Negotiations between Tajikistan and Kyrgyzstan with participation of the countries’ security officials over the border clashes that took place in Chorkuh jamoat, which is subordinate to the Tajik northern city of Isfara  (Sughd province), today resulted in vain. 

Asia-Plus correspondent reported from the scene that the parties had failed to sign any joint protocol, and therefore, it was decided to continue the negotiations on January 29.   

Recall, security officials of Tajikistan and Kyrgyzstan gathered in Chorkuh jamoat today morning to discuss ways to resolve the recent border conflict that erupted along a segment of the countries’ poorly demarcated border on January 27. 

The Tajik side was represented Rajabali Rahmonali, the head of the Border Guard Directorate at the State committee for National Security (SCNS) of Tajikistan and the Kyrgyz side was represented by Kamchybek Tashiyev, the chief of the State Committee for National Security (GKNB) of Kyrgyzstan.  

Rahmonali noted before the beginning of the negotiations that “Tajikistan has always been supporter of peace, stability and security along the border.” 

“Residents of border areas should live in an atmosphere of friendship and mutual understanding.  Measures must be taken to prevent similar conflicts in the future,” he added.  

Kyrgyzstan GKNB chief Kamchybek Tashiyev, for his part, stated that the conflict will be resolved peacefully.   

“It is important to maintain good neighborliness, and people living in border areas should live in peace,” he said.  

As it had been reported earlier the clashes erupted along a segment on the countries’ mutual border on January 27. 

The press center of Tajikistan’s Main Border Guard Directorate reported Friday (January 28) morning that two Tajik nationals were killed and at least ten others, including 6 border guards and 4 civilians, were wounded in the fighting.

The Kyrgyz side says eleven Kyrgyz nationals were wounded in the fighting.  

The Collective Security Treaty Organization (CSTO) that includes both Tajikistan and Kyrgyzstan said its secretary-general held talks with officials from both sides in an attempt to halt the fighting.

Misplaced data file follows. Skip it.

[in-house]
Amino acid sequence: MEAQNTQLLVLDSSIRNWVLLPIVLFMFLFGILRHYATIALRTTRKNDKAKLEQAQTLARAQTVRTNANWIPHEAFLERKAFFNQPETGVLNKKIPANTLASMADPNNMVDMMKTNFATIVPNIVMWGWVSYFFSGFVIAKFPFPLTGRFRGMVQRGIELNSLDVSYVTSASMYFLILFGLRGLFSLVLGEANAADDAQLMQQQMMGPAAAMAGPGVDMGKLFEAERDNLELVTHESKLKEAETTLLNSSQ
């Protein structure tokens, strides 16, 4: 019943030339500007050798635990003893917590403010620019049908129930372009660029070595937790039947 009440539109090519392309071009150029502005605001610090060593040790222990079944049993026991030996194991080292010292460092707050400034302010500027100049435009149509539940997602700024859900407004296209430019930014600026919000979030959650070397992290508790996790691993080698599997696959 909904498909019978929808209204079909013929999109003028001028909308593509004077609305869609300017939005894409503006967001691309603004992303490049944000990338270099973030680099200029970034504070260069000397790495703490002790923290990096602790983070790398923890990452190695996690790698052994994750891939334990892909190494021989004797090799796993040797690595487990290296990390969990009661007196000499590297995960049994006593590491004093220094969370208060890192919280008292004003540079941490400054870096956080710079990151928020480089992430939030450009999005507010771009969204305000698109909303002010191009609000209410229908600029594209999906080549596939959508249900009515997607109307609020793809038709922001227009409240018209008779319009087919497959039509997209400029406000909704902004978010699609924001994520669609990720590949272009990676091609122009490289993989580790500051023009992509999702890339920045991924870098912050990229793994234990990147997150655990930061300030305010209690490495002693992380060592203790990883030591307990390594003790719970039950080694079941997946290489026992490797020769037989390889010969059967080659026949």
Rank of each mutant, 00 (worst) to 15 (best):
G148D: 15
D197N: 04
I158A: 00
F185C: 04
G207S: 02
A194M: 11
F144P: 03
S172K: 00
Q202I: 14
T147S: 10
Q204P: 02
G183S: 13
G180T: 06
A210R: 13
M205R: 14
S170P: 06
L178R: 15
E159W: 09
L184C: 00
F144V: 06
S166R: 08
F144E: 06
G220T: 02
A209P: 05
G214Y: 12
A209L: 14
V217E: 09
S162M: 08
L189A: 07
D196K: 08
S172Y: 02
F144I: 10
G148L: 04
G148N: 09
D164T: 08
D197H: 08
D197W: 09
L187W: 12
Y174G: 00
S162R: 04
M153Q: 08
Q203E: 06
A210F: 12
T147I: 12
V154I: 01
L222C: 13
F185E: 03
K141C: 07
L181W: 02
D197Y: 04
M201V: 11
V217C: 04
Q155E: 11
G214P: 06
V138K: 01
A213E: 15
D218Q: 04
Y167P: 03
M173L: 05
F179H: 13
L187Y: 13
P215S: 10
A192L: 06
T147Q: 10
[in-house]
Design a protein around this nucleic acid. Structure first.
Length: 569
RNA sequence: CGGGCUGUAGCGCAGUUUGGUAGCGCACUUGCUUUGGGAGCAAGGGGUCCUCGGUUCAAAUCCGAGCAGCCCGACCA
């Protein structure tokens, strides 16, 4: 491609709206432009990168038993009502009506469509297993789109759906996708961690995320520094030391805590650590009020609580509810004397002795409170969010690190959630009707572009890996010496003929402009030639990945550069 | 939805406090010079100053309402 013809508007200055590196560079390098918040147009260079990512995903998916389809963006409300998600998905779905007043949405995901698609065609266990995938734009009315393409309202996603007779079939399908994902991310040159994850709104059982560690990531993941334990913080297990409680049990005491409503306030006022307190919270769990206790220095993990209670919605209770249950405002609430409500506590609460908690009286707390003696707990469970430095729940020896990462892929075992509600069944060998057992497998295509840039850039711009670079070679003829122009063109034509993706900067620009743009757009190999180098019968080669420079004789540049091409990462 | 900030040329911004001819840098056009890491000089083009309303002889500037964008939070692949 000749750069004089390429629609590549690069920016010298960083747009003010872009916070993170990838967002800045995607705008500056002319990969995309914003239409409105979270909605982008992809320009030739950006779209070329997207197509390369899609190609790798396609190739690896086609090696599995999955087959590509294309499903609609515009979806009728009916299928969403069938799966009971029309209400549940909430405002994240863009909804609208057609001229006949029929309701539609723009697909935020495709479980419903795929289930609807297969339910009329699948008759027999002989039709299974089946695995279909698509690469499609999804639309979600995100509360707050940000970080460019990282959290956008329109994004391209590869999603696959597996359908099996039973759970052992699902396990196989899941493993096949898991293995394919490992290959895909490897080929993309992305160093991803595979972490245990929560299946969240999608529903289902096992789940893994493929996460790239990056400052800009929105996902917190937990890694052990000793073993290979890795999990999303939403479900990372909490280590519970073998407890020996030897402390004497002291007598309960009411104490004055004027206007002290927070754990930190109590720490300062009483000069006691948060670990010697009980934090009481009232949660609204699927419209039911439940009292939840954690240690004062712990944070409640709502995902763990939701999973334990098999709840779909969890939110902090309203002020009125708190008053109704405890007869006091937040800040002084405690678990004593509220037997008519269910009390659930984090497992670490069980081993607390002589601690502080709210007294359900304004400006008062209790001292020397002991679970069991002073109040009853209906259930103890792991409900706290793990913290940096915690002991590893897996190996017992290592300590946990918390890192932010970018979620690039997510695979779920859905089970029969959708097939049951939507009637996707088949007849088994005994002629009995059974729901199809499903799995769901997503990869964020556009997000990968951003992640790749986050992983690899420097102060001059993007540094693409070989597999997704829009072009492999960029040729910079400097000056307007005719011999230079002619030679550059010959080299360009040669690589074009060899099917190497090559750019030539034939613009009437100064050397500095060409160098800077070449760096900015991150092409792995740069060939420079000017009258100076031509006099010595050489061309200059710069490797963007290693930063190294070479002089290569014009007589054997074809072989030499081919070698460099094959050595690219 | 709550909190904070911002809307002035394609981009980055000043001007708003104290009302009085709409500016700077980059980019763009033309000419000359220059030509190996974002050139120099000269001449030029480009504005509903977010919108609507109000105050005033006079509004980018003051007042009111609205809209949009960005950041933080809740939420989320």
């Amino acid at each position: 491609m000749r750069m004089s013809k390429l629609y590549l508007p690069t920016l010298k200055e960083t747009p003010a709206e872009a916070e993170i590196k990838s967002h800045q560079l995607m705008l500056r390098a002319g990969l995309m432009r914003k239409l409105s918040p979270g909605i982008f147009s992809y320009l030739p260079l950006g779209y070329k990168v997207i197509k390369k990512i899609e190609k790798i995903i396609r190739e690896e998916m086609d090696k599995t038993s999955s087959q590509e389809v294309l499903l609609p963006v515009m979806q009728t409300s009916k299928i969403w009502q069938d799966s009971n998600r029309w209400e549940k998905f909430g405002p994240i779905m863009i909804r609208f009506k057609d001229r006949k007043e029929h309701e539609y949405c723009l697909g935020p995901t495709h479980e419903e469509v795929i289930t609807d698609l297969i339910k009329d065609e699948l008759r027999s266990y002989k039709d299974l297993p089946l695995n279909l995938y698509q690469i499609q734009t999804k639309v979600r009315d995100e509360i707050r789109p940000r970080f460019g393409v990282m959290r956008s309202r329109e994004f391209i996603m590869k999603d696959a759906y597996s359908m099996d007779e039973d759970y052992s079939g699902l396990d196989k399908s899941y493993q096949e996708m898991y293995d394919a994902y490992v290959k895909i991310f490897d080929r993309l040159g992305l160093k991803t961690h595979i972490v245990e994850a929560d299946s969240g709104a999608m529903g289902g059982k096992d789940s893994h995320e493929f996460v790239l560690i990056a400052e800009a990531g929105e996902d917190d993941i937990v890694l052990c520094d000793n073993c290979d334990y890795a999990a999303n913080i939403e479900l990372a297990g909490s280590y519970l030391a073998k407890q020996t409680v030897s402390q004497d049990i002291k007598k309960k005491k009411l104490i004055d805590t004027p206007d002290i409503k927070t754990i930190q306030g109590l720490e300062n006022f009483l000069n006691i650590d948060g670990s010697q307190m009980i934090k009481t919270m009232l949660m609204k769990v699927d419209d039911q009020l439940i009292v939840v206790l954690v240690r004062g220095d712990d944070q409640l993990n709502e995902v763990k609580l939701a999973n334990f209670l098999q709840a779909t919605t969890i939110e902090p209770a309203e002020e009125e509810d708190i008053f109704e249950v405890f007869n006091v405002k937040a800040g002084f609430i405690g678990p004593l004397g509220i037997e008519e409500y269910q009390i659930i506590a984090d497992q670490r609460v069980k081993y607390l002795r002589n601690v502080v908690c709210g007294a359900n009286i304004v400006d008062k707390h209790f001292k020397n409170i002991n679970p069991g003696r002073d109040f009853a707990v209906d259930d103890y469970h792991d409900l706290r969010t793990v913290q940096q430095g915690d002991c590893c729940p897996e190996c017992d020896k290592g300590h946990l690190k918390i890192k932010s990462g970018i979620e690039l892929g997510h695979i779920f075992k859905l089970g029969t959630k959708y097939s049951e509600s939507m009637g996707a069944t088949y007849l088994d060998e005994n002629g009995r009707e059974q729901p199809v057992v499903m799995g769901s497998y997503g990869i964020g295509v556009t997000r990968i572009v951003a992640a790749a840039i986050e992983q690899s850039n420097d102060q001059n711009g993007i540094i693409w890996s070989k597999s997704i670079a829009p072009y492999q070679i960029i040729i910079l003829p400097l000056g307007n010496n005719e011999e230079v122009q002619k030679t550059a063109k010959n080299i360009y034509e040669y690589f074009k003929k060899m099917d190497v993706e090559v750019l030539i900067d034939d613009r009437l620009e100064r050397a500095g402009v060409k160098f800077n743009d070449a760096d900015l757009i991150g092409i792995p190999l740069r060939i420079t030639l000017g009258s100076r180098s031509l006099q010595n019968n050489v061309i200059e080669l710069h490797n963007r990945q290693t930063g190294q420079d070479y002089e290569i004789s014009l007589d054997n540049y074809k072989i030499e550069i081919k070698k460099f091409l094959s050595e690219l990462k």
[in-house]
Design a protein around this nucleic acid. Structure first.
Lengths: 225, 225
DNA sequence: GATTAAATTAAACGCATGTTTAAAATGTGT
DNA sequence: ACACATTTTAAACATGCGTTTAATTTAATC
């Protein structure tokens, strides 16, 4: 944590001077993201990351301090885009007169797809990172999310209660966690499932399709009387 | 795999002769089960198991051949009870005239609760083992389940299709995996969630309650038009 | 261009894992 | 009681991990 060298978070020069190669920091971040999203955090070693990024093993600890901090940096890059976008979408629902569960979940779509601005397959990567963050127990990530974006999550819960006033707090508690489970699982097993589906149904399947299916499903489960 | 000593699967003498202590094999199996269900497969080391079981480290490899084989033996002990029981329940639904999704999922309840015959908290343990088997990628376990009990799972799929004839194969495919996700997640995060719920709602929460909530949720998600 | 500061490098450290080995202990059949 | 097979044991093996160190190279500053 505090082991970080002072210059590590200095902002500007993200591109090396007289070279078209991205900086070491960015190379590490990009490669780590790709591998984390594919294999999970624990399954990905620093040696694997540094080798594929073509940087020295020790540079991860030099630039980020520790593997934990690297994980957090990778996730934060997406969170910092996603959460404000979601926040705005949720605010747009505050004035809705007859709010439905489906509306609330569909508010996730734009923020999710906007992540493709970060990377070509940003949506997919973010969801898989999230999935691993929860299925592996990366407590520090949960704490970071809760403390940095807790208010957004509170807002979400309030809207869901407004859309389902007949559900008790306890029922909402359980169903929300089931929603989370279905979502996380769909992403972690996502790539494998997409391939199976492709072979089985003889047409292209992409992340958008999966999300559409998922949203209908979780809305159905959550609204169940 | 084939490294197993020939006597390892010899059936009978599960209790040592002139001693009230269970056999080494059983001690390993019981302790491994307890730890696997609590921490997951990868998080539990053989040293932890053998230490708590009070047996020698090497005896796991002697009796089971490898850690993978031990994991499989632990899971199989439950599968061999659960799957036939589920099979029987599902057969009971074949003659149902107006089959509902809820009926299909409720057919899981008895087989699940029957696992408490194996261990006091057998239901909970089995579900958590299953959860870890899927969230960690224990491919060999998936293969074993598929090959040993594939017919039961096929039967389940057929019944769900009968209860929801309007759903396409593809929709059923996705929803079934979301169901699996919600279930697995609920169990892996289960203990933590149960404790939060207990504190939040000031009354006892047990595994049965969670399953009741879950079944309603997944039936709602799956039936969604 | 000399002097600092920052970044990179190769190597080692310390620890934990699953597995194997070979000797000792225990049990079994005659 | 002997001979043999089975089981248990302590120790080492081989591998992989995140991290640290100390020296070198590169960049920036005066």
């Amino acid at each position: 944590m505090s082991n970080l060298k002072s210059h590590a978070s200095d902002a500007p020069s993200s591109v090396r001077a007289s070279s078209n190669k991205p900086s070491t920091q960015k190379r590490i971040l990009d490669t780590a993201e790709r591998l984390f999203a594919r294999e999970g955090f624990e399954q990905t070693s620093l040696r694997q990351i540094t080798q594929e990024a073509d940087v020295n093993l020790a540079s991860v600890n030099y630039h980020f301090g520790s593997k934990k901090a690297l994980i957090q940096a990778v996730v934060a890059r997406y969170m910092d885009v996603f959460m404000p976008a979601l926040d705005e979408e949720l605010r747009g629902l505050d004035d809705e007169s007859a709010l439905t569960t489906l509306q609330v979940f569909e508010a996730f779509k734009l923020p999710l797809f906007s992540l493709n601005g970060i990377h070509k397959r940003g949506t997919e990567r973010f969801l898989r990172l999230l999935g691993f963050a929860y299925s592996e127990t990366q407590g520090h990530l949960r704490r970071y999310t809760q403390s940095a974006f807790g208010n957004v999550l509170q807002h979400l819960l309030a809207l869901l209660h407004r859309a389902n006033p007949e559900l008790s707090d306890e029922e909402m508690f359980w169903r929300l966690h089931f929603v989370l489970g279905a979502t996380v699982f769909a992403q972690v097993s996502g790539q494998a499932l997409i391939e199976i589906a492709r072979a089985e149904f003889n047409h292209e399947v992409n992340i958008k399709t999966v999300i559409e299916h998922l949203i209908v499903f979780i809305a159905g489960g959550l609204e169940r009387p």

CSTO Secretary-General Stanislav Zas reportedly had telephone conversation with Tajikistan’s Security Council Secretary Nasrullo Mahmoudzoda and his Kyrgyz counterpart Marat Imankuov Thursday night and “called for an immediate ceasefire between the parties on the border of Kyrgyzstan and Tajikistan.”

In the early hours of January 28, at 01:00 am, competent agencies of Tajikistan and Kyrgyzstan held talks in Tajikistan’s Surkh jamoat and reached a full cease-fire. 

Both countries accused each other of starting the clashes in the Tort-Kocho area in Kyrgyzstan’s western Batken region.

According to a statement released Tajikistan’s SCNS, the Kyrgyz side fired at Tajik “residents, vehicles, and facilities.”

Kyrgyzstan’s security officials said the conflict started when Tajik citizens blocked a road crossing the disputed segment of the border.  Kyrgyz border guards deployed along this segment of the border in Batken region were put on alert. Tajik military used mortars and grenade launchers.” 

Recall, a similar clash that erupted along the disputed segment of the Tajik-Kyrgyz border in April last year left dozens of people dead on both sides. 

Tajikistan and Kyrgyzstan have not yet resolved the border delineation problem.  Many border areas in Central Asia have been disputed since the collapse of the Soviet Union in 1991.  The situation is particularly complicated near the numerous exclaves in the Fergana Valley, where the borders of Tajikistan, Uzbekistan, and Kyrgyzstan meet.

The border of Kyrgyzstan and Tajikistan has been the scene of unrest repeatedly since the collapse of the former Soviet Union.

It has been difficult to demarcate the Kyrgyz-Tajik border because over the course of some 100 years Soviet mapmakers drew and redrew the Kyrgyz-Tajik border, incorporating land that had traditionally belonged to one people in the territory of the other Soviet republic.

Exclaves appeared and temporary land use agreements were signed.

All of this survived the collapse of the Soviet Union and people in Kyrgyzstan and Tajikistan have various Soviet-era maps they use to justify their claim to specific areas along the border.

Border talks between Tajikistan and Kyrgyzstan began in 2002.  Only slightly more than half of the 970 kilometers of border shared by the two countries has been demarcated despite decades of attempts to bring the matter to a close.  The border delineation problem has led to conflicts between rival ethnic communities.